Lots of people talk about survival tactics. In fact, there are too many survival sites to count. However, many people don’t think about foot survival necessities and yet, without healthy feet, your chances of surviving in the wilderness are severely limited. Maybe you’ve actually considered the issues that might occur out there in the great beyond. But have you seriously invested any time in contemplating how best you will care for your feet? Hopefully, we can help!
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Survival Care for Your Feet
Many people gear up for extended times in survival mode without considering the health and well-being of their feet. This can lead to some very serious health problems. If you’re planning on becoming a survivalist you will need to understand how best to care for your feet while out there on your own.
The issues with foot survival can probably be traced farther back than World War I but this seems to be an interesting turning point in foot survival. At that time, soldiers were known to develop “trench foot” which is better known today as “immersion foot.”
This problem is caused by situations in which the feet are kept wet all the time. And, it can cause tissue death in your feet. It’s certainly not a condition you want to develop. But, as the soldiers of World War I discovered, due to spending inordinate amounts of time in the trenches, there are specific ways in which to deter this malady. Read more.
Two Major Problems
We’ve discussed immersion foot but an additional foot problem that is common in the midst of survival mode is the ever-painful blister. While immersion foot is generally caused by allowing your feet to remain wet or damp for extended periods of time, blisters have a different causality. Many people experience blisters on their feet due to ill-fitting shoes.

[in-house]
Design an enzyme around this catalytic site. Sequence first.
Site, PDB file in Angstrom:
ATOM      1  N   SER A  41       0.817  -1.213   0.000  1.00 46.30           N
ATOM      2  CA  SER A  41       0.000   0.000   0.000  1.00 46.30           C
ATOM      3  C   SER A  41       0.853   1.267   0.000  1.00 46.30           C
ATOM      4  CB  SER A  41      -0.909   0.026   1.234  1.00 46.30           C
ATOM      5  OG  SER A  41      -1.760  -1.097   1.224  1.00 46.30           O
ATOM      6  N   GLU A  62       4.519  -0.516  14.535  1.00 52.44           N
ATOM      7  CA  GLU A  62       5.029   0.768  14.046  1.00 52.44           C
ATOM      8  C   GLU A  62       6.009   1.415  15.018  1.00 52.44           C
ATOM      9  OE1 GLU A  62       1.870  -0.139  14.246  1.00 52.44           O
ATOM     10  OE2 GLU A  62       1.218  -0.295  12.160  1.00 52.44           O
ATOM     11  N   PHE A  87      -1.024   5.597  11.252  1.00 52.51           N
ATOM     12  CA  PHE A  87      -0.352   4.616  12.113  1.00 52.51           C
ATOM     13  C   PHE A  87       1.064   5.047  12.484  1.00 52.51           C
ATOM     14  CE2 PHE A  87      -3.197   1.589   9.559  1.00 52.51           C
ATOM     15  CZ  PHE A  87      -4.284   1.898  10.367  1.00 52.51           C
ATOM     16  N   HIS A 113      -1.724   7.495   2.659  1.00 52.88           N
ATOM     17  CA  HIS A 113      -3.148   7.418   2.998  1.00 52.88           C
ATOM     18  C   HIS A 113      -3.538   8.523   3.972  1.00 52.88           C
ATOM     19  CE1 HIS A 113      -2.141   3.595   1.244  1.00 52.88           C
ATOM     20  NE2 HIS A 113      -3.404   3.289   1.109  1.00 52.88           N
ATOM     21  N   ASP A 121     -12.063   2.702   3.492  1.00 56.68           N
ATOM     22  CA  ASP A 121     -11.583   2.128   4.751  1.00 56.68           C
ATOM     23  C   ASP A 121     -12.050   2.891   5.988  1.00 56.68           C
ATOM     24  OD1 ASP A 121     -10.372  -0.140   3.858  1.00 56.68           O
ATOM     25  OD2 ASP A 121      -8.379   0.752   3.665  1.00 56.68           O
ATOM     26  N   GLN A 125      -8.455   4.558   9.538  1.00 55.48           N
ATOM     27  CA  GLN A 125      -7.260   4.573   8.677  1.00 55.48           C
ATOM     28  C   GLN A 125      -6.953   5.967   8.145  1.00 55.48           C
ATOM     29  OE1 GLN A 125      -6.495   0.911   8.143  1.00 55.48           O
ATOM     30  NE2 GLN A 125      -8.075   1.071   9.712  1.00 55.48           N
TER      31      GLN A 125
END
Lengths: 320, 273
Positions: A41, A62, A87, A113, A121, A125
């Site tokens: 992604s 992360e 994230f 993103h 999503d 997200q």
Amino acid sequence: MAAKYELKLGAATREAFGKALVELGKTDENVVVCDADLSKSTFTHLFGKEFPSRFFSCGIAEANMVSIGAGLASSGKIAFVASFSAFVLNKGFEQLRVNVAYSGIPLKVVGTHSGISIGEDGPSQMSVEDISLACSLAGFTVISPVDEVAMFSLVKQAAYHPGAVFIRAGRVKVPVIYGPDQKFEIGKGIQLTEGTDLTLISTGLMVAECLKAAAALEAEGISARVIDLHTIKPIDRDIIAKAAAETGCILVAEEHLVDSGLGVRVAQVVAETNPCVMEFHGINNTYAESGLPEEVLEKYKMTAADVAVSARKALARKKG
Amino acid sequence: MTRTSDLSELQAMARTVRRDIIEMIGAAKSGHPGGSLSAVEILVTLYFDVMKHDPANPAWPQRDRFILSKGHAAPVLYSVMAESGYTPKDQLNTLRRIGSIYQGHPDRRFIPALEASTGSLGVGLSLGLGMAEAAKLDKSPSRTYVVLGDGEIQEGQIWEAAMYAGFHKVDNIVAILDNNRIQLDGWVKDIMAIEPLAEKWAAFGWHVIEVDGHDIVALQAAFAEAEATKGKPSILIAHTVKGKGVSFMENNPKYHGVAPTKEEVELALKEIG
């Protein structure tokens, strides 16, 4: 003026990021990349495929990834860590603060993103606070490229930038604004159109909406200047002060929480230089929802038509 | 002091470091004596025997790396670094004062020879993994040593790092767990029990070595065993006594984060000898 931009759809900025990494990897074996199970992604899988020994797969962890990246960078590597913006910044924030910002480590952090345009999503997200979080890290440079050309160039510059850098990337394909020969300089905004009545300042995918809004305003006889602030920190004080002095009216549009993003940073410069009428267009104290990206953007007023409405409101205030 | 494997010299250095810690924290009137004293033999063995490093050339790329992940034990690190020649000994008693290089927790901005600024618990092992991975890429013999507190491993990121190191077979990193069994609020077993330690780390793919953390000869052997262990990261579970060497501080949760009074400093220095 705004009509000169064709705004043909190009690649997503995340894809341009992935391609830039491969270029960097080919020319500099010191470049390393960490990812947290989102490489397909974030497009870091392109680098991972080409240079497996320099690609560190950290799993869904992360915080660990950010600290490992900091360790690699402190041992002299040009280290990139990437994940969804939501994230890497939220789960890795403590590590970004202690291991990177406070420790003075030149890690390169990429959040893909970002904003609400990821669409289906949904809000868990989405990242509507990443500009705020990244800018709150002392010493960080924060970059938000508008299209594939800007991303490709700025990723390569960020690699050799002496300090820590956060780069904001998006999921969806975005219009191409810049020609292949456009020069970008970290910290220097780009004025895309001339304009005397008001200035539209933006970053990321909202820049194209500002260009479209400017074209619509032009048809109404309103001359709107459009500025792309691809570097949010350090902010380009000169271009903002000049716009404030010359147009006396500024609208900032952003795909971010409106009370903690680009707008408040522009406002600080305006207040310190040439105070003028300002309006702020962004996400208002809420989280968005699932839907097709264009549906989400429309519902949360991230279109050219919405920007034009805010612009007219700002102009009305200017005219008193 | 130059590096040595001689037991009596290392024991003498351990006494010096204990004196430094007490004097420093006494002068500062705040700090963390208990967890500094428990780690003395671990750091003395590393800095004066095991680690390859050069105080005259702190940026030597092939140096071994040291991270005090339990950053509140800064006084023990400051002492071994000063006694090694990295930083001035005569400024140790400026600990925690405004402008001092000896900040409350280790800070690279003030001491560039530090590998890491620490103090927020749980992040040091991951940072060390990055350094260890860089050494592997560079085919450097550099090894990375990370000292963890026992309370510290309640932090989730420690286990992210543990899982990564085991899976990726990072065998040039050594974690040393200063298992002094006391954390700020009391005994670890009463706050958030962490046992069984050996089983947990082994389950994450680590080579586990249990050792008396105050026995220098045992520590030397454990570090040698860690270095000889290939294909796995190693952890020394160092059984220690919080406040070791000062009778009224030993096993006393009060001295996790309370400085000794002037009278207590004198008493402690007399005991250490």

When you’re out wandering the wilderness, chances are you’ll be wearing boots. Boots should always be a little bit larger than your ordinary shoes. This is because you’ll need room for your thicker boot specific socks. You’ll need to ensure there’s enough room in your boots for your thick socks and your feet to still be able to move without rubbing. Learn more.
Both these foot issues are quite painful and they don’t really take a very long time to become a significant problem on your adventure. Though immersion will take longer than a blister to show up, you might see additional cracking and dead tissue before the problem is completely obvious.
Identifying Immersion Foot
Look for your toes and feet to turn white. They will get those same wrinkles you see in the bathtub or pool when you’ve been in longer than you should. Then your toes and feet will begin to crack and bleed. You might notice that the bottom of your foot at the heel or ball is painful. Finally, skin will begin to peel off when you take off your socks or even touch the affected foot.
Certainly this sounds heinous, but it can be treated with foot powder and keeping your feet dry. To learn more about immersion foot read this.